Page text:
I Love The Most Holy Trinity, Father, Son and Holy Spirit, Who Lives Within Me, Now and Forever. Amen

Saturday, February 18, 2006

Three Crosses on Golgotha

By George Velez: Coordinator of Catechesis for DHT - Sts. Peter & Paul (Brooklyn)

During the liturgical season of Lent, the Church calls all Catholic Christians to make sacrifices, both small and large. These sacrifices are aimed at increasing our love for God over and above our love for the things of this world. As a loving Mother, the Church urges her children to repent and make changes in their lives, and has them look to the Lord Jesus as an example. He, who loved the Father perfectly. He who was without sin. He who sacrificed all, even to the very last drop of His own precious blood on the cross, for you and for me.

Being nailed to His cross, He is then lifted for all to see. There, on the cross in the midst of two others, one can look at Jesus and learn the love of God and the love for God. Looking at the other two crosses there, also, is quite telling. There, on that day, at that moment, are found all the responses to God that one can give in this life. It is here, the scene of the three crosses on Golgotha, that I would like to draw your attention for just a moment.

Hanging on one of the crosses next to Jesus, is found a criminal. We will call him, the bad thief. This thief reviled Jesus. He hated God. Being put to death on a cross was the punishment for his crimes, yet he refused to acknowledge, and accept, his guilt and earthly fate. He refused to change, but rather chose to test God, “Are you not the Messiah? Save yourself and us.” (Luke 23:39) He receives no response from Jesus. [Remember Jesus’ response to Satan in the desert, “You shall not put the Lord, your God, to the test.” (Matt. 4:7)]

Hanging on the other cross next to Jesus, is found another criminal. We will call him, the good thief. This thief did not revile Jesus. No! Instead, he rebukes the thief that reviled Jesus, he shows reverence to God, acknowledges and accepts the justice of his punishment, then looks upon Jesus and recognizes Him as king. “Have you no fear of God, for you are subject to the same condemnation? And indeed, we have been condemned justly, for the sentence we received corresponds to our crimes, but this man has done nothing criminal... Jesus, remember me when you come into your kingdom.” (Luke 23:40-42) To him, Jesus does respond, “Amen, I say to you, today you will be with me in Paradise.” (Luke 23:43)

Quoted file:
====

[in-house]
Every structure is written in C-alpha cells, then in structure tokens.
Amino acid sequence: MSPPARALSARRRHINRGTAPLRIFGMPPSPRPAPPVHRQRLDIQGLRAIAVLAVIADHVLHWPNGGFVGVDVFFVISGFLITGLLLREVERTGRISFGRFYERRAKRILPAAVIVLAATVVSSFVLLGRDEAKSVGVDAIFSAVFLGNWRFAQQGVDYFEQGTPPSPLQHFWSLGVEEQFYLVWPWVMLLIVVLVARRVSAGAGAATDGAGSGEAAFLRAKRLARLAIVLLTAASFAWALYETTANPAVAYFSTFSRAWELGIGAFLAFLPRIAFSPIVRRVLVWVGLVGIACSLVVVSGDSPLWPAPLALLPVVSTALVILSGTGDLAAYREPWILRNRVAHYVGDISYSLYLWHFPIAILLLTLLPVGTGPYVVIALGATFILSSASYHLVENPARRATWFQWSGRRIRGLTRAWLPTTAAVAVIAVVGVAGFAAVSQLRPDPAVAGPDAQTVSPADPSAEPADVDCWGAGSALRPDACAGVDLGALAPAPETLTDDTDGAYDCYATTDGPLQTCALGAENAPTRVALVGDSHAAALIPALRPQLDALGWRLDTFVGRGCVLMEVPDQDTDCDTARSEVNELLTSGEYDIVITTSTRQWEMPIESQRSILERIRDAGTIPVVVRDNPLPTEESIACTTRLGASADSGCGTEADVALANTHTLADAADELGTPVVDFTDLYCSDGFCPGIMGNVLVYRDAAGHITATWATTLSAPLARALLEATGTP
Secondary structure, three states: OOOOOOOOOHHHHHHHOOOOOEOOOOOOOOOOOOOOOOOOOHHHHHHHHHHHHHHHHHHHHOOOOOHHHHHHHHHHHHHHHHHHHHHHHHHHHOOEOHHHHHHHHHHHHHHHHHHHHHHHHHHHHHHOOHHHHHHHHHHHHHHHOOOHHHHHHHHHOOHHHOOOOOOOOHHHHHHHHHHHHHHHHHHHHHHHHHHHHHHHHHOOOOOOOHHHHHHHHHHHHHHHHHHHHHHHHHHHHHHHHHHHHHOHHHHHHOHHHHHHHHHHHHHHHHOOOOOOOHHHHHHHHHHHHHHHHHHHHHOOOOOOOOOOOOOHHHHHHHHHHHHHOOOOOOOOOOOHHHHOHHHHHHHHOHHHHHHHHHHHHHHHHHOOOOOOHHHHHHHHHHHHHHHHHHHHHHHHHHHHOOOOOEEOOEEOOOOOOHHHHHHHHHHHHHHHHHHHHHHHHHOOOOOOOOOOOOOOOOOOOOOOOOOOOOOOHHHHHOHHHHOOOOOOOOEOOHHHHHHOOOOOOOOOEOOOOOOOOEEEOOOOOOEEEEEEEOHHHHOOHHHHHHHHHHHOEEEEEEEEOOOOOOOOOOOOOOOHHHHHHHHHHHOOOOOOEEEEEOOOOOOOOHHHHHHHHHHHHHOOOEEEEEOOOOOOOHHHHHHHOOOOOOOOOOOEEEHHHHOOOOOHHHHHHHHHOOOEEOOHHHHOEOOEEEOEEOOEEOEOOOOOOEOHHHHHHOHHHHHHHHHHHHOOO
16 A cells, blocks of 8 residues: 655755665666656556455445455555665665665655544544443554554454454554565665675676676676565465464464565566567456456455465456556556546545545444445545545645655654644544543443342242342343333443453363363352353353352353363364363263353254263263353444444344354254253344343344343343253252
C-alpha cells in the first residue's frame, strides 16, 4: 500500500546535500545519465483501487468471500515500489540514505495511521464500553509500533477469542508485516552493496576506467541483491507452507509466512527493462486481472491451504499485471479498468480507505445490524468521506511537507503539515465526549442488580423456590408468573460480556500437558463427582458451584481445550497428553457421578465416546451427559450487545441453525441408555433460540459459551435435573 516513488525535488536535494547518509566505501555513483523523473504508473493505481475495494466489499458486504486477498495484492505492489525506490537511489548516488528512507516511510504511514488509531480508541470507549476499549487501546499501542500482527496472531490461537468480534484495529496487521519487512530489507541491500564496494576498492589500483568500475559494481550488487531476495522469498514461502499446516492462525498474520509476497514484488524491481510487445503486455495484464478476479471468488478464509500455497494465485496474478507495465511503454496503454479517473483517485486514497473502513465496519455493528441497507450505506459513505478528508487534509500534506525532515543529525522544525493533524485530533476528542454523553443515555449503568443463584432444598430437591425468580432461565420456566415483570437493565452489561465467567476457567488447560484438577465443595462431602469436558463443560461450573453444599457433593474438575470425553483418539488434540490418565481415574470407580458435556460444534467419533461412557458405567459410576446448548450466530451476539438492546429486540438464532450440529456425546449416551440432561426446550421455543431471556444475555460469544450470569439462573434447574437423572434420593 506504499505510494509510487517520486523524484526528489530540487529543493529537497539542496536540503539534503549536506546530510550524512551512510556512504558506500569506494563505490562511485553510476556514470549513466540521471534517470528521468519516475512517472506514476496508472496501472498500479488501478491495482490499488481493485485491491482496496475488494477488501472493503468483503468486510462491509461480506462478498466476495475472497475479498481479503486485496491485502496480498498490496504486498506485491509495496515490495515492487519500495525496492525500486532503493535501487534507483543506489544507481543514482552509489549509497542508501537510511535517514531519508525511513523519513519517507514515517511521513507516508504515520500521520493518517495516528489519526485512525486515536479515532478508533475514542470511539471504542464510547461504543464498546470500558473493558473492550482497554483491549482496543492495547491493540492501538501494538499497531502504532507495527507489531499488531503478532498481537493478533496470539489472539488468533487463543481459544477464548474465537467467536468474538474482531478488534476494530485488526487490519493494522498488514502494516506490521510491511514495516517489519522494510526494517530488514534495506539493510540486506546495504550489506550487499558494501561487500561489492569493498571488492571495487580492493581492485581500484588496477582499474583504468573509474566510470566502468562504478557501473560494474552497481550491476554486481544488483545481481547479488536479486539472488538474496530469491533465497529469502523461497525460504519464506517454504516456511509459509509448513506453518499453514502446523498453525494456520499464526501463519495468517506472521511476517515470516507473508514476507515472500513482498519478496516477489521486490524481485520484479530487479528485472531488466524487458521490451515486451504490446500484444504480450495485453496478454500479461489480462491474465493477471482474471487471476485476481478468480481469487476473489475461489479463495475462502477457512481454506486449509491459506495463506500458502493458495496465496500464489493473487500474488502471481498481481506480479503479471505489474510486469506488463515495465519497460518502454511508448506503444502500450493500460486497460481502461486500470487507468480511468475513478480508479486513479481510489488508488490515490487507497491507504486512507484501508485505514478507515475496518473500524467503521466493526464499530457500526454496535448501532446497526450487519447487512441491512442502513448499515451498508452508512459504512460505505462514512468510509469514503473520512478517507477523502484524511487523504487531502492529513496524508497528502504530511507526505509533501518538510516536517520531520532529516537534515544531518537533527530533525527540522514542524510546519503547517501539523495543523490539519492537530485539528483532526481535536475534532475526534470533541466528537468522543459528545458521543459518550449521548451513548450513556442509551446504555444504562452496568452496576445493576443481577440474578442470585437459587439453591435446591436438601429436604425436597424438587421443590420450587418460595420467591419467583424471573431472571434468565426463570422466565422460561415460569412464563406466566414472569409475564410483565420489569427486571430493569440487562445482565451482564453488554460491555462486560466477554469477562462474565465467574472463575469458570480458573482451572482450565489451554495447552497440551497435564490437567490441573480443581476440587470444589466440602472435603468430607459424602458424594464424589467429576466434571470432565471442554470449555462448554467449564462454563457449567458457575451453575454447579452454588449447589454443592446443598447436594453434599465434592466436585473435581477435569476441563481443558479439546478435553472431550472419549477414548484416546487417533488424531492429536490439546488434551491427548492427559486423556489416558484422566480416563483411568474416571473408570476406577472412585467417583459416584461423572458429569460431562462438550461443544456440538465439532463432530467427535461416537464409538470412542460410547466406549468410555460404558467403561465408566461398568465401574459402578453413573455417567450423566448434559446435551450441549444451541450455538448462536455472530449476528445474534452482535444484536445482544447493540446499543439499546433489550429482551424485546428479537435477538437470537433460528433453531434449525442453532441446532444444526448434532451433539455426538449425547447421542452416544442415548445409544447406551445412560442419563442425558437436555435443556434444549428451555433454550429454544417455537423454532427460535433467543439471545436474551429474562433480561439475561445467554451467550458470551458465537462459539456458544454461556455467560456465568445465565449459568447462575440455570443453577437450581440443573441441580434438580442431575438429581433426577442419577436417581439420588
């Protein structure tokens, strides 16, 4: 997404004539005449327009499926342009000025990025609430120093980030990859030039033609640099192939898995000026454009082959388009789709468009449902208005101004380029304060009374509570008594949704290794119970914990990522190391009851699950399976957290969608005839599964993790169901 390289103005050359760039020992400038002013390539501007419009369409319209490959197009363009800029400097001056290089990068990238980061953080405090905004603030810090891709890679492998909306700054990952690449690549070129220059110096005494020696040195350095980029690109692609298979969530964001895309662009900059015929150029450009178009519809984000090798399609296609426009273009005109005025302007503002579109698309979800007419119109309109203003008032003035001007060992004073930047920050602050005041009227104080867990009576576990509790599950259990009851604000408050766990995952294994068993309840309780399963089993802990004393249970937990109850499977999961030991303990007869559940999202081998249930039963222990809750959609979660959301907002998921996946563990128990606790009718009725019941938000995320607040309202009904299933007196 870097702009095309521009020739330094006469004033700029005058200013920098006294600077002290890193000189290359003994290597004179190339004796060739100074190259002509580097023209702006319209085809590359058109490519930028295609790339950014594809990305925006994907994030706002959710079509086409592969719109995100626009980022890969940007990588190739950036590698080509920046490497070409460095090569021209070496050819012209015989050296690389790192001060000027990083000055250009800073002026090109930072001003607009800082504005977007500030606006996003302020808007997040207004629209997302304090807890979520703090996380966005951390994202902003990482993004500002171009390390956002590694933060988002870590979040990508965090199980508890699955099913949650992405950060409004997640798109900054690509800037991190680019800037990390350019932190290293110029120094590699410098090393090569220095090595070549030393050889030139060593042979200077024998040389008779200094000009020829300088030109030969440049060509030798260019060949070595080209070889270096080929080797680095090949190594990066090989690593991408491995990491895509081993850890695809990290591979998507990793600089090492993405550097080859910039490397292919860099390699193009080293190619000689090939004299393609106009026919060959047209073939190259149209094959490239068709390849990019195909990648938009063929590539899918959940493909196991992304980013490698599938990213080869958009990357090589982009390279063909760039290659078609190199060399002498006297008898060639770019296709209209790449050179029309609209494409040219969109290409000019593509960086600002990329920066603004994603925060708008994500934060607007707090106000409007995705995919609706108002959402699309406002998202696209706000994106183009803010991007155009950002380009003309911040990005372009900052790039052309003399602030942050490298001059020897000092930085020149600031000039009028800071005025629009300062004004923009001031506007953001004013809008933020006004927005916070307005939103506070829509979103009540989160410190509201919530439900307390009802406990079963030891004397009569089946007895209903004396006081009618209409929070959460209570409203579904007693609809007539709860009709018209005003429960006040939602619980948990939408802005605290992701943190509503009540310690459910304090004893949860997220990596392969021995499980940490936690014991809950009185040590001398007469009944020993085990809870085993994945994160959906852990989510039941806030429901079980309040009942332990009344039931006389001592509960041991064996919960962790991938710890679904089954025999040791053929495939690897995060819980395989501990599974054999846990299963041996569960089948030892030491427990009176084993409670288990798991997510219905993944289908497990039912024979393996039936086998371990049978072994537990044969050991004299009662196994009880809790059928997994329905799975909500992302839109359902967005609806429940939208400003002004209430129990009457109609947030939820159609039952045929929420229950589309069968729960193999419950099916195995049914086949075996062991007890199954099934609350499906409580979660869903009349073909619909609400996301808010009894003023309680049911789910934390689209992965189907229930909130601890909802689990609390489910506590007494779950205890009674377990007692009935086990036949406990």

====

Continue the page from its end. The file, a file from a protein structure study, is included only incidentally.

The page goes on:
Then, we come to the cross of Jesus. The one who loved God perfectly. The sinless one. The one who deserved not the punishment of death on a cross. The one in whom no guilt was found, but was falsely accused. The one who looked out at the people, while on the cross dying, and said, “Father, forgive them, they know not what they do.” (Luke 23:34) The one who did not accept the cross, but rather, He embraced the cross. Not needing to accept this cross because of guilt, but choosing to take the cross for love of God and for love of you and me.

There on Golgotha stood three crosses that day. Found on each cross were different men, with different dispositions (or attitudes), from which we can learn and reflect during this Lenten season, and everyday after.

Am I like the bad thief on the first cross, who neither repented nor sacrificed. The one who hated God and hated his situation. The one who tested God, so hard of heart that he refused to change and accept what was justly due to him. For those like him, we pray for God’s grace to transform their hearts of stone creating in them hearts of flesh, that they may become like the good thief.

Am I like the good thief on the second cross, who repented and sacrificed. The one who feared God, rebuked a sinner, realized and accepted what was happening to him as justice for his past behaviors and amidst all that, realized Jesus as king and found the strength to call upon Him, ‘remember me, when you come into your kingdom.’ For those like him, we pray for God’s grace to sustain them and transform their hearts of flesh creating in them hearts like that of the Sacred Heart of Jesus.

Am I like Jesus, on the cross in the middle, who needed to repent of nothing, yet chose the baptism of repentance to ‘fulfill all righteousness.’ (cf. Matt. 3:15) The one who chose to sacrifice even His life, “No one takes it from me, but I lay it down on my own.” (John 10:18) The one who chose only to do the will of the Father, “...not as I will, but as You will.” (Matt. 26:39) The one who surrendered and gave all to the Father, consistently, all the way up to His last breath, “Father, into your hands I commend my spirit.” (Luke 23:46) We pray for God’s grace to be able to imitate Him. To Him we pray for the graces. Create in me, O’ Lord, a heart like Yours. Amen.


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